Published on January 6th, 2013 | by Todd Smekens0
Life Changing Finish Lines
You never know when you’ll have an opportunity to make a positive impact on a persons life. We’ve posted several stories over the past year of ordinary people getting motivated to make extraordinary changes. Most of the time these people just tell you about it by saying thank you. Sometimes they tell you a snippet of their personal story. A few of them write and tell you about the impact made, and we are fortunate enough to share it with others.
The bike was donated by Cycle Fitness Warehouse in Richmond, Indiana. If you haven’t visited their incredible bike shop and 24/7 fitness center yet, it’s worth a short trip to Richmond. Your first impression once you visit their fitness zones and expansive group exercise rooms is why can’t Muncie have nice fitness centers like this. The answer is our market is saturated by the non-profit YMCA who pays roving CEO’s a salary of $130,000 to make no impact on local health and wellness.
We’d like to thank John Dils for making such an incredible impact on the wellness community in his market. He is truly creating “Life Changing Finish Lines” in Richmond, Indiana.
This letter was sent to us by John Govin and we’d like to encourage John to keep striving for the finish line in 2013 and look forward to seeing him at the Richmond AutoCar Sprint and TOUGHMAN event on June 1st.
To the gracious person who gave me my new bike,
I can’t begin to thank you enough for donating the LOOK 566 bike I won in the 2012 Richmond Autocar Triathlon. I’d like to tell you a bit about myself, so that you can better understand.
I’m a 29 year old guy, dad of two (soon to be three), I’m a police officer by trade, and I’m a weekend warrior in the Air National Guard. At a few different points in my 20′s, I’ve been terribly out of shape. At 5’10″, I’ve weighed as much as 245lbs. I was on blood pressure medicine by the time I was 20 due to my weight.
I started training for triathlons as a way to get in shape, and I absolutely love the sport. Now about 70lbs lighter, the sport of triathlon has become a hobby of mine (my wife thinks I’m obsessed).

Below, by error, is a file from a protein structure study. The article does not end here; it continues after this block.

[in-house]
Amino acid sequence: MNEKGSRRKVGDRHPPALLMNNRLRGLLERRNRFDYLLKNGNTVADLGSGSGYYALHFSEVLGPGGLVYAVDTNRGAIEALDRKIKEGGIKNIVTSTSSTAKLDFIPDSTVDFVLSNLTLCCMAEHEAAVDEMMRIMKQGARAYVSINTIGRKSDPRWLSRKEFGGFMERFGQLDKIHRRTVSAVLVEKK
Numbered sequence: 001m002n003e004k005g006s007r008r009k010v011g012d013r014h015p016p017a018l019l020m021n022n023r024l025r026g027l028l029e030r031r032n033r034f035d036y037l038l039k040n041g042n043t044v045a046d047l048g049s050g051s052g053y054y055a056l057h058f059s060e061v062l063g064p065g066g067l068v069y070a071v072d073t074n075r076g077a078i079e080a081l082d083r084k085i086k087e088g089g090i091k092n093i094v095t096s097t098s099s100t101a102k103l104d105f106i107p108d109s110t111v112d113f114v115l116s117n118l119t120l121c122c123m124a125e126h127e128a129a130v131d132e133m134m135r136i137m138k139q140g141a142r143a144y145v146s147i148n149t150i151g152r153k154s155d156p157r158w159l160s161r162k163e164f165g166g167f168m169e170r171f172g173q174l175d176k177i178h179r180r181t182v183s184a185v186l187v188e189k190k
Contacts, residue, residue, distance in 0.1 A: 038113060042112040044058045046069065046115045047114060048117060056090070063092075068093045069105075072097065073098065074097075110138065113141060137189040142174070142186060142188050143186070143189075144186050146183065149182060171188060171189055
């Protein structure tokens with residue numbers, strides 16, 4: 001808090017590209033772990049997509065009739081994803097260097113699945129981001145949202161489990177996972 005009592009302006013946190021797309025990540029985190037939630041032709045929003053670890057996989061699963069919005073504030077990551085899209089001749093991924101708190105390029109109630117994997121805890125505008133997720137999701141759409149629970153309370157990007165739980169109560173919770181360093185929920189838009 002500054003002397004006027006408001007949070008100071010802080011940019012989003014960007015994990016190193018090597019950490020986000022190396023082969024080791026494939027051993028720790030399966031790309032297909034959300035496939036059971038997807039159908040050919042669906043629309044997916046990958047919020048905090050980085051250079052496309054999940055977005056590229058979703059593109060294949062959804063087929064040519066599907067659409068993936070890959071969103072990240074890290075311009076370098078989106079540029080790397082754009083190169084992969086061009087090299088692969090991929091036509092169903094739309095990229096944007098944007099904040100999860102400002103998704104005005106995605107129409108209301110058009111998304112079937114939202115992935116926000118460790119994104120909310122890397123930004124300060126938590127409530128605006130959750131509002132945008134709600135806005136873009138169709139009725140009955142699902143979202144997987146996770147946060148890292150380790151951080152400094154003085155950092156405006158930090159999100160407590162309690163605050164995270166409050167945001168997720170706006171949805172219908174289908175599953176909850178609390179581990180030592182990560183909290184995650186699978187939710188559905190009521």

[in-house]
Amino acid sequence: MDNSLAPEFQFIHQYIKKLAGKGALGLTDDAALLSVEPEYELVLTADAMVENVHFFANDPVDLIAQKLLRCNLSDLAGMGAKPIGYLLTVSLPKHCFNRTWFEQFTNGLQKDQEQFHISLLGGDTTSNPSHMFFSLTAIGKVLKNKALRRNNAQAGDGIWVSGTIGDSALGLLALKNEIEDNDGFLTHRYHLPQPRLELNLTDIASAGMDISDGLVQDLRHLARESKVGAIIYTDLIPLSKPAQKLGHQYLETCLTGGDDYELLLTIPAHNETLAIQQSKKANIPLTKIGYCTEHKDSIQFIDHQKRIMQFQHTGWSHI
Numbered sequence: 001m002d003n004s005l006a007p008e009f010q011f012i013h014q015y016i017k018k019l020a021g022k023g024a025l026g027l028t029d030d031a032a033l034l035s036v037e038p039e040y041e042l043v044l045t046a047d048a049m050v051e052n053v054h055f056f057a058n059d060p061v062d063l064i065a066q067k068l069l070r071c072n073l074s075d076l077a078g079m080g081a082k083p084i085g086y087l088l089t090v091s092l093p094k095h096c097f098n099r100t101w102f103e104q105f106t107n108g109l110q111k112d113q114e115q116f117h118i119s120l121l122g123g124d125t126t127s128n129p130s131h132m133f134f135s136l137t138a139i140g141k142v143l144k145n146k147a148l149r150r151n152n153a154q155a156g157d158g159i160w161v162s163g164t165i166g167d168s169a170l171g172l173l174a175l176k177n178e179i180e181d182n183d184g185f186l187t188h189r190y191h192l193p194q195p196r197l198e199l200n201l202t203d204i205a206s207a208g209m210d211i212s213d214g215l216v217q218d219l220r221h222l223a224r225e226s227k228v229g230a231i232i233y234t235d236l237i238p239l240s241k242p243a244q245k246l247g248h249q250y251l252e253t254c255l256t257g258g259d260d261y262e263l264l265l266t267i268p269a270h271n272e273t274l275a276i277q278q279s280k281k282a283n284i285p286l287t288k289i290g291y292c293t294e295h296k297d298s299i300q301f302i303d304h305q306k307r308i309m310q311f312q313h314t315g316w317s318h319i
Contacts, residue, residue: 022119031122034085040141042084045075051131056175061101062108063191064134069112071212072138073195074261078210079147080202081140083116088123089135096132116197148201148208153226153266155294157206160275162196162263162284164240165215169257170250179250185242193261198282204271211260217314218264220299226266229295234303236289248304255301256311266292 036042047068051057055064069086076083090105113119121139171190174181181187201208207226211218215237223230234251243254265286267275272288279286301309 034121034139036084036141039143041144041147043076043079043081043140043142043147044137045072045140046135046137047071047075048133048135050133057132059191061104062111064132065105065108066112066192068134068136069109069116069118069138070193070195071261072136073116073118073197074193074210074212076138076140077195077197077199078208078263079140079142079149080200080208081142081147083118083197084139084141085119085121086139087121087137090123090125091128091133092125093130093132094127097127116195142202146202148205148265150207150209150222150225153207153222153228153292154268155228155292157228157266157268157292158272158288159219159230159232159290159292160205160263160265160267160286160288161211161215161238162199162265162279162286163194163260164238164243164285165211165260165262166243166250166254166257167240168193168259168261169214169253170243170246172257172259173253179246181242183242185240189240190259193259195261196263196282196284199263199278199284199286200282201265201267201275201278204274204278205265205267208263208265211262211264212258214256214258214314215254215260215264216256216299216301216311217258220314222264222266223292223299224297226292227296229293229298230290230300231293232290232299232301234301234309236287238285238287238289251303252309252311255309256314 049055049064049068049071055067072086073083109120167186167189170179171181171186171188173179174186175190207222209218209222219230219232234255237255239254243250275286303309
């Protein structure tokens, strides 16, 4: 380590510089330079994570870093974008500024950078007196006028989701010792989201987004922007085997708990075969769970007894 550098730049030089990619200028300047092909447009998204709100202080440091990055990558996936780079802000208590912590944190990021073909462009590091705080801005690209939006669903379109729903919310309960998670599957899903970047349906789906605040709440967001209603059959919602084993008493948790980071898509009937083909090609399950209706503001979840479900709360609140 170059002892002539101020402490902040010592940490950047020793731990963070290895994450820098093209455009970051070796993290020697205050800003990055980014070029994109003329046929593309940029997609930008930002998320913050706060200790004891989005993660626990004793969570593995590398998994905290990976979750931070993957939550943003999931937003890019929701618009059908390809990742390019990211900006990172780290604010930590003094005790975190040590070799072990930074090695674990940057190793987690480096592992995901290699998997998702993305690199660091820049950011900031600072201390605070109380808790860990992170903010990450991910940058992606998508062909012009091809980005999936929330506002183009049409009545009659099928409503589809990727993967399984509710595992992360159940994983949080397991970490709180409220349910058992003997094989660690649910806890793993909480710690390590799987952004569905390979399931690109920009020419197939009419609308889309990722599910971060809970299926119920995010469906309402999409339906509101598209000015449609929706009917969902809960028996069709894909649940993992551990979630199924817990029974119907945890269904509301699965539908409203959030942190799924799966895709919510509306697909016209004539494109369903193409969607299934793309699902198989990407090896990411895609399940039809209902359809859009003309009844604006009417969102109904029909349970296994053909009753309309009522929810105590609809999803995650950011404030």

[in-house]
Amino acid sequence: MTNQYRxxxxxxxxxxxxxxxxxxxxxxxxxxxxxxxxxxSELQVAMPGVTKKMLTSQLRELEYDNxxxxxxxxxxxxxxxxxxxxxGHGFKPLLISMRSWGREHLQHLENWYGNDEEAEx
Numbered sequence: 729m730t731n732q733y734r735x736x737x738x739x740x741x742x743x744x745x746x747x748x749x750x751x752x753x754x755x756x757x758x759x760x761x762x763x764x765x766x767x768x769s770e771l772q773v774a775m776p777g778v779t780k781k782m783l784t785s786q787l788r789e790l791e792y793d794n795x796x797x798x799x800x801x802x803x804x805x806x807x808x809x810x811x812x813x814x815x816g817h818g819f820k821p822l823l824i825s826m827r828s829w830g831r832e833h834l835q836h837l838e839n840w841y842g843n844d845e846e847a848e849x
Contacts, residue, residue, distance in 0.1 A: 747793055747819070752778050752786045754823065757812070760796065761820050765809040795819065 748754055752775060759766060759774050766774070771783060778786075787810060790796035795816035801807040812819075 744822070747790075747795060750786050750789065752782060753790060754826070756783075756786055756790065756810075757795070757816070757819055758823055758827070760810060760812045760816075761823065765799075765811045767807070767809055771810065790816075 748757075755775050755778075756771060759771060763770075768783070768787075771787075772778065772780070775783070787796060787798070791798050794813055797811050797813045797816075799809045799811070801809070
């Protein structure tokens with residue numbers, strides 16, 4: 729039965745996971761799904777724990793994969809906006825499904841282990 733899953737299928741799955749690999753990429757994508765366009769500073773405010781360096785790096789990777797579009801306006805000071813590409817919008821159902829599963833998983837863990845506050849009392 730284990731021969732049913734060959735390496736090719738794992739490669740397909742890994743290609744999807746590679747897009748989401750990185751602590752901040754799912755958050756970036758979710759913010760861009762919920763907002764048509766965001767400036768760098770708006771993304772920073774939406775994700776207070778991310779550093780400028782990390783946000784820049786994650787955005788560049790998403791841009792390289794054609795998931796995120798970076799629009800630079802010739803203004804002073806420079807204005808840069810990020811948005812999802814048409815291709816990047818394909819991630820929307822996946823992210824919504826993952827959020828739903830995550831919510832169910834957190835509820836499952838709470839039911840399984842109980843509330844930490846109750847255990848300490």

The bike I rode in the Richmond Autocar race was a Raleigh 2005 model basic steel road bike. It was very heavy and a bit big for me. I’d had the bike since 2006 when I purchased it for about $500.
Now, I don’t toot my horn about being a public servant, or serving my country, but neither of my professions yield a high income. And with my wife as a stay at home mom, I simply cannot afford big upgrades on my own. None the less, I was still happy doing my hobby. A nicer bike was always just a dream that I never thought would come to fruition.
The day of the Richmond Autocar event, I was pretty pumped for my first race of the season. I didn’t have a great swim, loved the bike leg, and the run was decent. After the race, I convinced my wife to stick around for the awards ceremony. She is pregnant, and might have preferred to go home and be comfy, but like the great woman she is, she humored me. She knew I had been talking about the outside chance I could win a bike, and she knew how much this sport means to me.
However, she did tease me a bit. Prior to that day, I didn’t have a lucky bone in my body – I’d never won anything.
Well, sticking around after the event obviously paid off. I was overwhelmed when my name was called, and quite frankly still have trouble believing it. I’ve been able to make decent improvements on my bike times ever since.
So, thank you for donating such a wonderful bike which I could not have purchased on my own. I wrote on my Facebook wall something to this affect “God has always provided me with the things I need, but today he allowed me to have something I truly wanted, and for that I am grateful.”
Thank you again,
On June 1st and 2nd, Richmond will host a Sprint Triathlon, TOUGHMAN and TOUGHKids events at Middlefork Reservoir. For more information about the fitness weekend events, check out America Multi-Sport’s website.